Serial, the massively successful podcast, is heading to the Cannes Lions International Festival of Creativity in hopes of exploring new relationships with like-minded marketers.
In its first season, the podcast investigated the 1999 murder of a Baltimore high school student, and won a cult following. It has been downloaded more than 86 million times and was the first podcast to win a Peabody Award. Now, as Serial preps for the highly anticipated season two -- and the seasons it expects to follow -- it is open for business.
The podcast is from the creators of This American Life and is a production of WBEZ Chicago. For that reason, many might assume it is bound by the same restrictions that govern public radio, but that's not the case. Serial depends on advertising -- not underwriting, as public radio does -- and listener donations.
"When we started Serial, it was a bit of an experiment, and we were doing it, largely, off the generosity of the This American Life budget. We weren't sure if we would get an audience," said Julie Snyder, Serial's executive producer and co-creator. "We had incredible success, which made us realize we could support ourselves. We are going to Cannes to meet with marketers and brands who would be interested in what we're doing … in the same mission of storytelling and journalism.
"I am wearing two hats," Ms. Snyder added. "I'm the executive producer of the show, but I'm also going out there and trying to fulfill the duties of trying to keep the podcast free, and to see if we can get some good relationships going."
Ms. Snyder said the team at Serial admires brands like Google, Tesla and Chipotle because they take a stand and have a strong point of view. "That's the kind of brand that might feel comfortable in our sphere as well," Ms. Snyder said. "Basically, what we're doing is trying to create a space where there is a combination of rigorous reporting, combined with creative storytelling that pushes boundaries and reflects life the way that it's really lived. So, we embrace ambiguity; we don't reduce people to caricatures; we try to tell stories with emotion and empathy. That's the space we're creating with Serial."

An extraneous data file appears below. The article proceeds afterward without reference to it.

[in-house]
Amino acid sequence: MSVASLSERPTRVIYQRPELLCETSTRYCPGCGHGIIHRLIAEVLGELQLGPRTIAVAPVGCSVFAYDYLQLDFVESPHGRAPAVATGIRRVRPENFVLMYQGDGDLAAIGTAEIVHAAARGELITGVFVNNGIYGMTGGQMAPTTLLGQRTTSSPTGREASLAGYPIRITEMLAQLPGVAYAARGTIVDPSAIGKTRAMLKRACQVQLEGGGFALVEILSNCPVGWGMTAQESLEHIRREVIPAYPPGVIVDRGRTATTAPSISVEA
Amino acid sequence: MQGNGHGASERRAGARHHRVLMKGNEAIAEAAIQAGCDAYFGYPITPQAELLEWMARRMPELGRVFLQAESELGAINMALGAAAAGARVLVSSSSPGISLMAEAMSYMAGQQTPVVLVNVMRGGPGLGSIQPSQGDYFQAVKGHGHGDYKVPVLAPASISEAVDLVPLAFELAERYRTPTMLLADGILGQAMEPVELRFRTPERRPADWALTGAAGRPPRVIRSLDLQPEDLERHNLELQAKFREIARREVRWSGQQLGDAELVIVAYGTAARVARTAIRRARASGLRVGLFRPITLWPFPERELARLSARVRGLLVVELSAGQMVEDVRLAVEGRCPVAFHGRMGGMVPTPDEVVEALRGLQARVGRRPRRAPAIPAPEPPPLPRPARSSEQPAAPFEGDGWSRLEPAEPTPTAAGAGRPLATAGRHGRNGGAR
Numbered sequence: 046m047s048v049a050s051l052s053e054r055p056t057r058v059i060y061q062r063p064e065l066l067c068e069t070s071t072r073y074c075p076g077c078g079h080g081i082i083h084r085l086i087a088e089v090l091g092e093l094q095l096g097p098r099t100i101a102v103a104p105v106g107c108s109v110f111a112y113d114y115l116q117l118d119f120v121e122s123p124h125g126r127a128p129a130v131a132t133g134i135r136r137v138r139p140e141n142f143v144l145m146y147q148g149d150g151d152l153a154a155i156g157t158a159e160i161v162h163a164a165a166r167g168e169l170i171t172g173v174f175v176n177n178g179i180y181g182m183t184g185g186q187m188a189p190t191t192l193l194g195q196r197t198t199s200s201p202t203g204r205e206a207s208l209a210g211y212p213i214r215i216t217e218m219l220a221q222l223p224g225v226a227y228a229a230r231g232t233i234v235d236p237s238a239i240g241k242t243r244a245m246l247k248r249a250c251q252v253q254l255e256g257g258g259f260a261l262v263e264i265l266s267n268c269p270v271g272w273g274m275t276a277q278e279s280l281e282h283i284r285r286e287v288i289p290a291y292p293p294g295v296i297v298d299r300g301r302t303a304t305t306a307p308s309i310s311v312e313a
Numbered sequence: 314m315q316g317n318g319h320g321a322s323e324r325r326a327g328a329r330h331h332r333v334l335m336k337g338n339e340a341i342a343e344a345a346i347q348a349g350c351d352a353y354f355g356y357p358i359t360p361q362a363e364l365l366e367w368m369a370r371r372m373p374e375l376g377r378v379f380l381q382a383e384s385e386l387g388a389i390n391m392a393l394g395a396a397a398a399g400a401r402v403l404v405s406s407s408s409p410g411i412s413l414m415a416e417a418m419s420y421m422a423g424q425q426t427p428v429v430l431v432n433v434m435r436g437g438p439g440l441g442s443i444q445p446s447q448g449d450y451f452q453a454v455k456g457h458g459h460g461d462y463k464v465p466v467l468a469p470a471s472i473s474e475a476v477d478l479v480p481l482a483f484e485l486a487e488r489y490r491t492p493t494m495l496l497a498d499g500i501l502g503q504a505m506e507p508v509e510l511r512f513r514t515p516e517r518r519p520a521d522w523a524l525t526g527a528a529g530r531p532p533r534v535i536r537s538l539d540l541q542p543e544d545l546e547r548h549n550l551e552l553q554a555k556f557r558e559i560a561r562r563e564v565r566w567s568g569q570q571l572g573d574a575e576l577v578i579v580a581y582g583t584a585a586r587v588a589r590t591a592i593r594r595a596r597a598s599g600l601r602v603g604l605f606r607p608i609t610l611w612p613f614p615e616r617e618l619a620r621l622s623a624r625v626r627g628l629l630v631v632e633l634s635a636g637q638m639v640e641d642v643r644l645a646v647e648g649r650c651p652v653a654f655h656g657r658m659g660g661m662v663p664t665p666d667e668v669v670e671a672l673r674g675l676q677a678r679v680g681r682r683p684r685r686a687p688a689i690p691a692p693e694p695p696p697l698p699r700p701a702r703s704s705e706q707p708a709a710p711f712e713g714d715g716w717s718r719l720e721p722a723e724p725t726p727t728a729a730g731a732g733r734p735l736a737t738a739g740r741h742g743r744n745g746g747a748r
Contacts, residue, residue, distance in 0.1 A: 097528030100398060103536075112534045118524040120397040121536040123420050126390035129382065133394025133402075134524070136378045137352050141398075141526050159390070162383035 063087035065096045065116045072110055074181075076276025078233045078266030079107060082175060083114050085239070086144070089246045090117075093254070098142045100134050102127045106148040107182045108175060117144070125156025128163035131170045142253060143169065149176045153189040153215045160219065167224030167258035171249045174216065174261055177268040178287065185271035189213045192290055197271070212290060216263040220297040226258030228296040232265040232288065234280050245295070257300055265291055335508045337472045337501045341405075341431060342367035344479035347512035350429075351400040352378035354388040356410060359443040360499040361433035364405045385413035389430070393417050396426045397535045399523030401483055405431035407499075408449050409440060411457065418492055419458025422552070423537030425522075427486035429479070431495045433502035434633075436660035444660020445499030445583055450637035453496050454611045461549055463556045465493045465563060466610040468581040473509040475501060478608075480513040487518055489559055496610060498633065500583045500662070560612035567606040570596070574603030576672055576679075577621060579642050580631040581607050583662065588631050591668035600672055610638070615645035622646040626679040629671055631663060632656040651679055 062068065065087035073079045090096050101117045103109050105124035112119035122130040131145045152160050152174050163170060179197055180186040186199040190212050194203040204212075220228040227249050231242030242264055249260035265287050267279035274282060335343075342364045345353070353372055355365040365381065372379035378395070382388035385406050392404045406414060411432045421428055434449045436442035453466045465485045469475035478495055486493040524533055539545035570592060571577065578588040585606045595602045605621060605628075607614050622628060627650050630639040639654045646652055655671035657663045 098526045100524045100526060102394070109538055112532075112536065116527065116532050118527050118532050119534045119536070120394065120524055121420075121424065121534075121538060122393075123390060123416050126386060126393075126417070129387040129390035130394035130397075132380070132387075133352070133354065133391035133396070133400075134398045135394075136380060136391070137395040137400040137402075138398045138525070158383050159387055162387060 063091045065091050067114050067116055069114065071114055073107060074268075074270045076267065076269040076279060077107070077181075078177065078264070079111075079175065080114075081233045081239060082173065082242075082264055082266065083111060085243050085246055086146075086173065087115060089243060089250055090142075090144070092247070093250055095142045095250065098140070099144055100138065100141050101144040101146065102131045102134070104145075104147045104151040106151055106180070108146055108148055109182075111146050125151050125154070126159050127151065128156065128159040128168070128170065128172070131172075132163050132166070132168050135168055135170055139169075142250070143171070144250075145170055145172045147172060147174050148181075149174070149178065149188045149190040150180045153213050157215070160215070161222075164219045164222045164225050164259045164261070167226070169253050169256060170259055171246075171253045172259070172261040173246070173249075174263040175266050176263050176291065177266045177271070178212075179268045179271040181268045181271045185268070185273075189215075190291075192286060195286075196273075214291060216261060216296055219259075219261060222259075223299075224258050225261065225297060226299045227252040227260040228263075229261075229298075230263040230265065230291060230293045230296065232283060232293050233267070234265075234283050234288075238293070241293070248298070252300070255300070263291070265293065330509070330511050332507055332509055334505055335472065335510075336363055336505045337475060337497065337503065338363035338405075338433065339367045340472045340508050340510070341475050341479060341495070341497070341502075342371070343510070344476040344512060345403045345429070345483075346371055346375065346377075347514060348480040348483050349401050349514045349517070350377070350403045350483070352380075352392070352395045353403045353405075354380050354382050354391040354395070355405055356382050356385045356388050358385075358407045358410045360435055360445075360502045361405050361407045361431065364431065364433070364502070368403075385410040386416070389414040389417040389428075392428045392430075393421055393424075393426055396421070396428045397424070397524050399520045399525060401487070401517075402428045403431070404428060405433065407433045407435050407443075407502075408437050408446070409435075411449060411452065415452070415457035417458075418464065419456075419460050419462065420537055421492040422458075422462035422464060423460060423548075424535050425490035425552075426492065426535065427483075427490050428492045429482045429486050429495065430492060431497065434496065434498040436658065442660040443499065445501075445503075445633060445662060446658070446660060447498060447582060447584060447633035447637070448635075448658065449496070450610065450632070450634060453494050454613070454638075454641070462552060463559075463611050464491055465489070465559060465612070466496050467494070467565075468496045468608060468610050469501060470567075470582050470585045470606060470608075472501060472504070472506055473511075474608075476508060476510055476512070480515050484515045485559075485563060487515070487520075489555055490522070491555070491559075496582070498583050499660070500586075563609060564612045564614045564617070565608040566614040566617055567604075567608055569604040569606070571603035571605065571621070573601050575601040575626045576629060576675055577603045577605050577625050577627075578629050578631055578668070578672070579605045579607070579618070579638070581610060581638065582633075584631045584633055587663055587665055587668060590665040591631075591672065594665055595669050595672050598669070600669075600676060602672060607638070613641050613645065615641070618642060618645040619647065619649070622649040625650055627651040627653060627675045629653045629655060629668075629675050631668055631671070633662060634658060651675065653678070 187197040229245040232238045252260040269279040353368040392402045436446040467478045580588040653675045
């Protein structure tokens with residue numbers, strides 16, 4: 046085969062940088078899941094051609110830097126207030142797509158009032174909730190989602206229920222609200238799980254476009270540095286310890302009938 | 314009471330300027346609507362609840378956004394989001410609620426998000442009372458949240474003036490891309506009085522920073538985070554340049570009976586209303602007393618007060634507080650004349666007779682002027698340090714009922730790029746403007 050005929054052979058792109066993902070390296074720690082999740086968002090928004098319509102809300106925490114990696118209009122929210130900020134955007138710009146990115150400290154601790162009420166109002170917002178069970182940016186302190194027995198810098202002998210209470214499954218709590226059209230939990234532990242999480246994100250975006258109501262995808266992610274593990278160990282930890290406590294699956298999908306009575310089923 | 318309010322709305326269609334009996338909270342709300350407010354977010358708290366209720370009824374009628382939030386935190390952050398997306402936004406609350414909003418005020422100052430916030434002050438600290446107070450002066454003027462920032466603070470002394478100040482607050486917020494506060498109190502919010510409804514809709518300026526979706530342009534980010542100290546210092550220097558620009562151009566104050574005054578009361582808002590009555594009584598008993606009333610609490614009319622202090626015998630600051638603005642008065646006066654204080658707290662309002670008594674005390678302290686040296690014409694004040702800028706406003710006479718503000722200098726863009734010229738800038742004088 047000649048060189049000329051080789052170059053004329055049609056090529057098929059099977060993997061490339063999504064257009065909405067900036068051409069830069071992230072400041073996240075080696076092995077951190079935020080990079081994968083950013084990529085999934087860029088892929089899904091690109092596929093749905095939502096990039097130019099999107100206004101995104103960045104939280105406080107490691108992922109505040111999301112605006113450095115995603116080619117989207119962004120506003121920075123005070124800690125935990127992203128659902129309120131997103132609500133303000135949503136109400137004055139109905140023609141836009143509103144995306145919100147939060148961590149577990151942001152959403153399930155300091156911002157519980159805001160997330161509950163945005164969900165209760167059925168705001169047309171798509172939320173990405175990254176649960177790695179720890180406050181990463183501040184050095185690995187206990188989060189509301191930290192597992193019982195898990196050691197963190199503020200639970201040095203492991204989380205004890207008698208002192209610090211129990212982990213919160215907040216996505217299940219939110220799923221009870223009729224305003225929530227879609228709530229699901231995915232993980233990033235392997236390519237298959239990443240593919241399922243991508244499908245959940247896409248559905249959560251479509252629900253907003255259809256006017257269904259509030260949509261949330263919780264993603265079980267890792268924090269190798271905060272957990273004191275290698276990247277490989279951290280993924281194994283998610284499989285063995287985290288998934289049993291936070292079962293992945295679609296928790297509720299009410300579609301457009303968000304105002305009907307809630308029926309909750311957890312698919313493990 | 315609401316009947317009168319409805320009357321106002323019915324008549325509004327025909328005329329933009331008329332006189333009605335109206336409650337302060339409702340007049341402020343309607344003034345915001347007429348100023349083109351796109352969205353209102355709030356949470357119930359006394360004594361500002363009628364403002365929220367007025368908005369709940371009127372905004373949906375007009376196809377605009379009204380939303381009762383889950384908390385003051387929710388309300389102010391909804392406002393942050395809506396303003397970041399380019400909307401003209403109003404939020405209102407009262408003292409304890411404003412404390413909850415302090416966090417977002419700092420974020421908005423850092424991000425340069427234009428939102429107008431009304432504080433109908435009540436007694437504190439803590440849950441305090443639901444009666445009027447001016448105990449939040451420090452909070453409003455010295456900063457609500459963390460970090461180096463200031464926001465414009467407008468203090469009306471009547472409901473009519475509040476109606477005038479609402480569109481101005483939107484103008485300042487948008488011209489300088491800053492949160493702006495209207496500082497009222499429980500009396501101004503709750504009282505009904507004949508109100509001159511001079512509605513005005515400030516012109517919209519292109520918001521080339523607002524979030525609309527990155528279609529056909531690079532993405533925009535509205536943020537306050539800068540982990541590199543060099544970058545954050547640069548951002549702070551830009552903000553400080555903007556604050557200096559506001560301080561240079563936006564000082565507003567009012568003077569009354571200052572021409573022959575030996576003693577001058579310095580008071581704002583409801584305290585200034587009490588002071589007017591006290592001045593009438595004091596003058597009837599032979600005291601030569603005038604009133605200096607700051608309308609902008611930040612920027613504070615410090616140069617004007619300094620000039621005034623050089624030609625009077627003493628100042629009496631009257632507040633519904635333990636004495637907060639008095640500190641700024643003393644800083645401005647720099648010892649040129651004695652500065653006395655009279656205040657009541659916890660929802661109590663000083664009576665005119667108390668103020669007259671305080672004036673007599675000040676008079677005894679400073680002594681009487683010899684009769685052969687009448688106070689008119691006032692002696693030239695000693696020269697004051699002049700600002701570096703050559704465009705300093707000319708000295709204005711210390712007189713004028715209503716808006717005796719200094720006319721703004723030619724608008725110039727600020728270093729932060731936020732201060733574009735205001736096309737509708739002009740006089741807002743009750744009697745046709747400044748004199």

McKinney's Jonathan Cude, who will be joining the Serial team for a panel at Cannes, "Binge-Worthy Journalism: A Conversation with the Producers of Serial," said it's important that storytelling and reporting have the support of marketers. "There's nothing unusual about advertising and rigorous reporting going together," he said. "It boils down to smart thinking; smart marketers wanting to be where engaged, passionate, loyal listeners want to be."
And all indications are that those listeners are extremely engaged. Recently, in an effort to learn more about its fans, Serial sent out a survey to its email list, which has 137,000 subscribers. The survey, run by McKinney, garnered more than 5,600 completed responses in 90 minutes -- on a Friday night.
"That survey averaged one completed survey every second for every second it was live, which is pretty wild," Mr. Cude said.
The results, which are not available yet, will certainly be of interest to potential brand partners. MailChimp, the podcast's first advertiser will be back for season two. Serial declined to name additional advertisers for season two.
Ms. Snyder and Mr. Cude, along with Serial's host and creator Sarah Koenig and producer Dana Chivvis, will take part in the June 26 panel in Cannes. Mr. Cude said it will explore how the team took an idea with "humble beginnings" and made something "really compelling and interesting."
Just don't expect any sneak peeks of season two. "We're still in the process of reporting," Ms. Snyder said. "Anything I would say would probably end up being wrong."